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Stem cell for possible child bone cancer treatment found
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British scientists have uncovered a stem cell in dogs which could lead to new treatments for bone cancer in children, according to an study published Thursday.

Osteosarcoma in dogs is molecularly similar to bone cancer in children, researchers of the Royal Vet School at the University of Edinburgh noted.

Osteksarcoma is the most common form of bone tumor in young people, accounting for about 2 percent of childhood cancers, and more than 80 percent risk losing a limb as a result.

"The rogue cancer stem cell is key in the whole process. We identified it by growing cells in particularly harsh conditions but whereas other cancer cells died off, this stem cell was able to survive," David Argyle of the Royal Vet School said.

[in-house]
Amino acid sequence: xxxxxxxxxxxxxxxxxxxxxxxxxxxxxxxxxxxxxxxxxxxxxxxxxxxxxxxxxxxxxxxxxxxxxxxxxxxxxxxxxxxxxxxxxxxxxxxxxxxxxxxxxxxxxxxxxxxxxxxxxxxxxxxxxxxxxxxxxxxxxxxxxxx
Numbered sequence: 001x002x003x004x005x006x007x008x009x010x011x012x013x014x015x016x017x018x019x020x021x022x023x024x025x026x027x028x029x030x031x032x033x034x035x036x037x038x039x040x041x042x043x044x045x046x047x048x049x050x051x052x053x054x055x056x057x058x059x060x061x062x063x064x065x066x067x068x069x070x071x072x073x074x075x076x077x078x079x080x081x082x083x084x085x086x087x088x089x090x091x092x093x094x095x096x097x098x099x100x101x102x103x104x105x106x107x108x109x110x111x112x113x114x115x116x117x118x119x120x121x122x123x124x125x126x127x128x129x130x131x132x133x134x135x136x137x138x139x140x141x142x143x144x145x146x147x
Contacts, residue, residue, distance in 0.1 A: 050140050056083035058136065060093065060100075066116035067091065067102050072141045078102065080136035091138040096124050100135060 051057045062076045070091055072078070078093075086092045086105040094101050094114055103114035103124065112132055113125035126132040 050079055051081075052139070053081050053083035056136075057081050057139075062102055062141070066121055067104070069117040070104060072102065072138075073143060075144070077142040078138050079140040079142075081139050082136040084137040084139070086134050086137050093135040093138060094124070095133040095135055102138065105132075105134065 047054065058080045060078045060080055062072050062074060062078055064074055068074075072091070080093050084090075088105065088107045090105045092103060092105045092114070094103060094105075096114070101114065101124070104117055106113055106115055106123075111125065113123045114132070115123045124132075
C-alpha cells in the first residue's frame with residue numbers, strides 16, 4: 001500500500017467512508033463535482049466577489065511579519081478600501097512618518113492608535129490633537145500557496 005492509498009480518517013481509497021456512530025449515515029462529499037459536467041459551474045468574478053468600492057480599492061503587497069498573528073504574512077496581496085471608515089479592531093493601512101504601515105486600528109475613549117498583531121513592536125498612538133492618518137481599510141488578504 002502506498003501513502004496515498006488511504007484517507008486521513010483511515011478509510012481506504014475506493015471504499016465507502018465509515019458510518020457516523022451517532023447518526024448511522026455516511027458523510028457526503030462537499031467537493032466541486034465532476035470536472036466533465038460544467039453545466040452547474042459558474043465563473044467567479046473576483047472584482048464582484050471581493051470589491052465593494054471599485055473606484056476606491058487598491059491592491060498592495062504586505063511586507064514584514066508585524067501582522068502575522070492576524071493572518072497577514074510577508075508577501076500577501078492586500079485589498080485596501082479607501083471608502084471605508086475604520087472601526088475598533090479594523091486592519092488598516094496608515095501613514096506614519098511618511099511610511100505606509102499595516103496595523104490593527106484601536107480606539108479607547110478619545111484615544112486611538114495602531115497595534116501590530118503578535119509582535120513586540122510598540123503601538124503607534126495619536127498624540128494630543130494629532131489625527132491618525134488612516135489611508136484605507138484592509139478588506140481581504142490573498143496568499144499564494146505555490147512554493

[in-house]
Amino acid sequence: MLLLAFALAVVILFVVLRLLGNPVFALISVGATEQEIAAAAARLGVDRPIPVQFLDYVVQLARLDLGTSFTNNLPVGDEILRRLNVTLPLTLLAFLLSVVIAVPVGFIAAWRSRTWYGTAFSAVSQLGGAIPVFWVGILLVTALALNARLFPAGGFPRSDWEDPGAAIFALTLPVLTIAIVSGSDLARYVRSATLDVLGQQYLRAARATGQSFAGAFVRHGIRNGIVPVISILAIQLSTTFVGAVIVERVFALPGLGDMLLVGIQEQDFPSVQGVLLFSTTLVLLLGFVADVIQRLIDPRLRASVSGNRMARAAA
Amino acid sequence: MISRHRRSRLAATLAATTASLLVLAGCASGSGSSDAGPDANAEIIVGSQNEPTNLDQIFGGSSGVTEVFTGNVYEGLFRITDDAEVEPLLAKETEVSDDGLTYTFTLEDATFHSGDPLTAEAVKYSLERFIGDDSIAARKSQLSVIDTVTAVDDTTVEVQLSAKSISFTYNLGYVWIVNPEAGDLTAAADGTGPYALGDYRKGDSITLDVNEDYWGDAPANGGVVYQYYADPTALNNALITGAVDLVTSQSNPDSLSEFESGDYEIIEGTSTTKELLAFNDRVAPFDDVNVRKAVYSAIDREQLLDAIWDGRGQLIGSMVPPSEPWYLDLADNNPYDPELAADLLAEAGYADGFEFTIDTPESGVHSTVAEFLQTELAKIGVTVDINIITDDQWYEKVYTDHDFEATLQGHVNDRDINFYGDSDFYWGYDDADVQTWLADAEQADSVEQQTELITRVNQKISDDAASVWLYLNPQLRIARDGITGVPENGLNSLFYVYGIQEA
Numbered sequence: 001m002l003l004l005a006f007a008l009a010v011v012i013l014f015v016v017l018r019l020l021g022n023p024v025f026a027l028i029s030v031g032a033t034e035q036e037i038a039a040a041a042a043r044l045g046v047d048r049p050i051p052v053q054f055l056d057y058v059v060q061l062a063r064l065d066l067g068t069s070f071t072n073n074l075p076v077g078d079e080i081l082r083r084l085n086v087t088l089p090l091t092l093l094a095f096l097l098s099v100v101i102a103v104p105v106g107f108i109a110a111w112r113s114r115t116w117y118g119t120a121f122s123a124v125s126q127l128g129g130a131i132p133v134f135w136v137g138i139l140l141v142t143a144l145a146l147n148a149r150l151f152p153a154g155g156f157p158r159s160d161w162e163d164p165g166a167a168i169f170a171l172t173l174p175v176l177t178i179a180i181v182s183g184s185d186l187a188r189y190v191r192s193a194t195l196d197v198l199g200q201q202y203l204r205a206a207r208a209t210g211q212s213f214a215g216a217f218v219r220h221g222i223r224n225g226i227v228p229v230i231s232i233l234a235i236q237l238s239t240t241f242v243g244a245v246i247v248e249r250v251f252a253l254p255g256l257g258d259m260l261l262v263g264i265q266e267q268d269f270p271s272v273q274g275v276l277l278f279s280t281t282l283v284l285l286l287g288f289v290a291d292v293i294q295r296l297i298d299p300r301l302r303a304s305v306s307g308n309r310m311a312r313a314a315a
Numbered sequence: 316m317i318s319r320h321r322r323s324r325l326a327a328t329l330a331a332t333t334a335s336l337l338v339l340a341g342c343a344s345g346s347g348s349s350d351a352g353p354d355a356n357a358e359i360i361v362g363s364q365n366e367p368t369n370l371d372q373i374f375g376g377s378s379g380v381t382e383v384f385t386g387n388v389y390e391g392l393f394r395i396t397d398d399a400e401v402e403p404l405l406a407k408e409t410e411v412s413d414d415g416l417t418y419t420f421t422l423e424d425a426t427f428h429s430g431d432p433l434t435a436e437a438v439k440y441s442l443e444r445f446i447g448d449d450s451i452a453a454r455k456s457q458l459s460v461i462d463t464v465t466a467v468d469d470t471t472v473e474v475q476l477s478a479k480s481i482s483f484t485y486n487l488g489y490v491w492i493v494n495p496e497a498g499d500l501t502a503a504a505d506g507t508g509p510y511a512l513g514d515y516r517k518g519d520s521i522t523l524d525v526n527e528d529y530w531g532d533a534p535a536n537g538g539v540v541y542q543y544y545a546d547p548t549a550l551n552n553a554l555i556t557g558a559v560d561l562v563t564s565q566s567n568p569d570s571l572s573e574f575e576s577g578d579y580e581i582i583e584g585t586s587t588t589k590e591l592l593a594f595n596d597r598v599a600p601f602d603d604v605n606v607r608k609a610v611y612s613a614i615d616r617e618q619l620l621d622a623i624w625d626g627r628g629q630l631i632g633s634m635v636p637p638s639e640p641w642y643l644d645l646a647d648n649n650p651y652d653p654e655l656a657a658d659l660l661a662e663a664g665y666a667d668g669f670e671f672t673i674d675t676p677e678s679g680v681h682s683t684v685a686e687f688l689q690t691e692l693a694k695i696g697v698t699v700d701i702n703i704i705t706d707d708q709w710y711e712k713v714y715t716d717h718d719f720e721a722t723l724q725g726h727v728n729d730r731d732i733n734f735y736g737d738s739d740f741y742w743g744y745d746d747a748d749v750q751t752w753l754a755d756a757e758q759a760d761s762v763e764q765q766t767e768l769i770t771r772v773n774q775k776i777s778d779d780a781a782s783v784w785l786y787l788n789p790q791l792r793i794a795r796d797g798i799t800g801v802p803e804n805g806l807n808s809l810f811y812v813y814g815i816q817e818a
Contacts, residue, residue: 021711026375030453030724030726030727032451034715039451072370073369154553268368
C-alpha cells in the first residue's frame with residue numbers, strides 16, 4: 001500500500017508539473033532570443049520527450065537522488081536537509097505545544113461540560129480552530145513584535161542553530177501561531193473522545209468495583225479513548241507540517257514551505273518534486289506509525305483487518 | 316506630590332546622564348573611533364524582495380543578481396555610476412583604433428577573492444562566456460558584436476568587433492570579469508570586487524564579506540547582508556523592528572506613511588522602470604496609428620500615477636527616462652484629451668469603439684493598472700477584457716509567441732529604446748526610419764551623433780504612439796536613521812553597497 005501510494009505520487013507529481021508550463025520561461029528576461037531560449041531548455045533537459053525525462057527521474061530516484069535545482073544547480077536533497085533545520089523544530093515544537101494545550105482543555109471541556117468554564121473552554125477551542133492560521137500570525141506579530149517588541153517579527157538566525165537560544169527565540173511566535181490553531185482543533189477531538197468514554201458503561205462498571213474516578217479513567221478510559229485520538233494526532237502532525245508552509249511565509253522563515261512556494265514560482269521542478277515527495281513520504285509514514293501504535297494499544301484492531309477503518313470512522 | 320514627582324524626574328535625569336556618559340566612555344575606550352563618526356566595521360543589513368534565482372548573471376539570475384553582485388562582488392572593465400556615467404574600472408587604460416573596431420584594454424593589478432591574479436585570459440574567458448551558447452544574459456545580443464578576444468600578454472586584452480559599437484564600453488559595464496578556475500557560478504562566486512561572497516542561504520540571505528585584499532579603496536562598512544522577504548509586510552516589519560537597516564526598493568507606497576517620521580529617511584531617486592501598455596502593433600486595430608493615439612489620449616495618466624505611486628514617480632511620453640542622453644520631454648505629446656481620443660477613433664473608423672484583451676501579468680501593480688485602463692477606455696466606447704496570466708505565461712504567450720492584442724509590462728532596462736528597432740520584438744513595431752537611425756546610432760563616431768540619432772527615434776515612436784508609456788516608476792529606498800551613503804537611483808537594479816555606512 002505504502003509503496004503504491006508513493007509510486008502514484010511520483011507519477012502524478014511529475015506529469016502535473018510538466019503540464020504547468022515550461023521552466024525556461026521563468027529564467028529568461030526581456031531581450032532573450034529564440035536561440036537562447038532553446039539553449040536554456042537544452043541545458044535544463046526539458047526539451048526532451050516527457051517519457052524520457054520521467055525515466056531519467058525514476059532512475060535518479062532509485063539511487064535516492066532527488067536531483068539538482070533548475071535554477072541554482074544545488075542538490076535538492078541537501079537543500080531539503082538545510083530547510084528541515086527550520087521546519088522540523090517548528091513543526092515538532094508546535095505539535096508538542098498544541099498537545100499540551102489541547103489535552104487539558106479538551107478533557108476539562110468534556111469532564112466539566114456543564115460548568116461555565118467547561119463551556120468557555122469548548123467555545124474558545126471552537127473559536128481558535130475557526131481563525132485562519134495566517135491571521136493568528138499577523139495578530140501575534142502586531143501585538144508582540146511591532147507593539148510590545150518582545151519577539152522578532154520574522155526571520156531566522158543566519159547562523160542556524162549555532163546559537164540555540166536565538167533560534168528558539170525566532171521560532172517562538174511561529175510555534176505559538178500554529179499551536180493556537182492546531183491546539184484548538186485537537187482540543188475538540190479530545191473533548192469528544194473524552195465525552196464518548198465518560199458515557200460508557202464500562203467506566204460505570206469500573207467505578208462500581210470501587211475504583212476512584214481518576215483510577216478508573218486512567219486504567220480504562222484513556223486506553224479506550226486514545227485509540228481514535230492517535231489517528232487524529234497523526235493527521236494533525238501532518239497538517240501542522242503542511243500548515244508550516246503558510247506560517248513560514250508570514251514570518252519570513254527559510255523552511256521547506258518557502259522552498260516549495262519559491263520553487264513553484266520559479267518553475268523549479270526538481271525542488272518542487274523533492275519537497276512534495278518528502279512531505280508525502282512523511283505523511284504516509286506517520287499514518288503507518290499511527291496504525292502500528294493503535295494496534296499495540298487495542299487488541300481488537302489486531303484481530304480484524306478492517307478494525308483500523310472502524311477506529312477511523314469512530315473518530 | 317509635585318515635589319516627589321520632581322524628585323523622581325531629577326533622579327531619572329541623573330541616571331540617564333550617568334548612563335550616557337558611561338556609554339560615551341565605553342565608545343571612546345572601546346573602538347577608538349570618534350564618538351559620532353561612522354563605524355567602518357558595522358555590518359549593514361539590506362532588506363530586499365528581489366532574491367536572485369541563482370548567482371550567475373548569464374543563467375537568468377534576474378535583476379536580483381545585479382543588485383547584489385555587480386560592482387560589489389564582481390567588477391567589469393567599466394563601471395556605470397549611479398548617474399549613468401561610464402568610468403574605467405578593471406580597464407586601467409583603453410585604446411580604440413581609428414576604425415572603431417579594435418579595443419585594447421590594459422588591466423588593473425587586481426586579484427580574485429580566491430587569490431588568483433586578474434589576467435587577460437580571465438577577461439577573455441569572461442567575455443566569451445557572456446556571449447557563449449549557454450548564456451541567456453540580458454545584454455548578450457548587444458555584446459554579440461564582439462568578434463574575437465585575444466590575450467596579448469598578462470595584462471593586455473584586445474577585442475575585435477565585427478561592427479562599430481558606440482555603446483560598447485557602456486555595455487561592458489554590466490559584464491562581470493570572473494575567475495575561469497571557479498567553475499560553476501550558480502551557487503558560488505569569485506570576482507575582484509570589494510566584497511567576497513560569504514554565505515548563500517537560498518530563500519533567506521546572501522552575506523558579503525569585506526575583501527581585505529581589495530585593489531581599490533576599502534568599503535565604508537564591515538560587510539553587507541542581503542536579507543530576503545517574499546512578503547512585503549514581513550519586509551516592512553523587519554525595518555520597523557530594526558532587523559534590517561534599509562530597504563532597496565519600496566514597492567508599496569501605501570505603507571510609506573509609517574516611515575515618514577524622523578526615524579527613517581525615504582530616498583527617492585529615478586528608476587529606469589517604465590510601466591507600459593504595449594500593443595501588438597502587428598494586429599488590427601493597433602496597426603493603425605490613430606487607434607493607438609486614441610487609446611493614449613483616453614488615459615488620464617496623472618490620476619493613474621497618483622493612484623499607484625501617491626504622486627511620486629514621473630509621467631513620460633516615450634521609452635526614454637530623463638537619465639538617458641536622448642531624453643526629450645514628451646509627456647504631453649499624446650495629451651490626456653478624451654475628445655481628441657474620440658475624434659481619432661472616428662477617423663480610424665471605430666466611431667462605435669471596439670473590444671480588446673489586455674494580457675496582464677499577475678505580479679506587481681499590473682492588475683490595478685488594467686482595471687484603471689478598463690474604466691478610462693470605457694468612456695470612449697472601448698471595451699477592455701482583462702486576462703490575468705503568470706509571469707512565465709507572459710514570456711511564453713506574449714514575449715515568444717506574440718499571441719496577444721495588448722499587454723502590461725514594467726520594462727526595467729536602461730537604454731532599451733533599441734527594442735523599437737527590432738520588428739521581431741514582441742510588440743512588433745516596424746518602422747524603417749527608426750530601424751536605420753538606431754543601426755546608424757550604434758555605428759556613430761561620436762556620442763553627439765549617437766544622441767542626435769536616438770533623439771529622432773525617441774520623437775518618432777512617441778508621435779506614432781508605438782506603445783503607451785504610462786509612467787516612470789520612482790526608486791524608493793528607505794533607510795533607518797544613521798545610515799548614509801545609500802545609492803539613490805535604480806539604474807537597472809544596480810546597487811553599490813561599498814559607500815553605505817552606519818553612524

The discovery opens up new avenues of research that could one day lead to new treatments, but the finding came from studies of cancer in dogs so it remains to be seen whether it holds true in humans, Henry Scowcroft, senior cancer information officer at Cancer Research UK said.

Around 30 children develop osteosarcomas in the UK each year. The disease occurs more commonly in older children and teenagers, usually boys, and is very rarely seen in children under five.

(Xinhua News Agency November 9, 2007)

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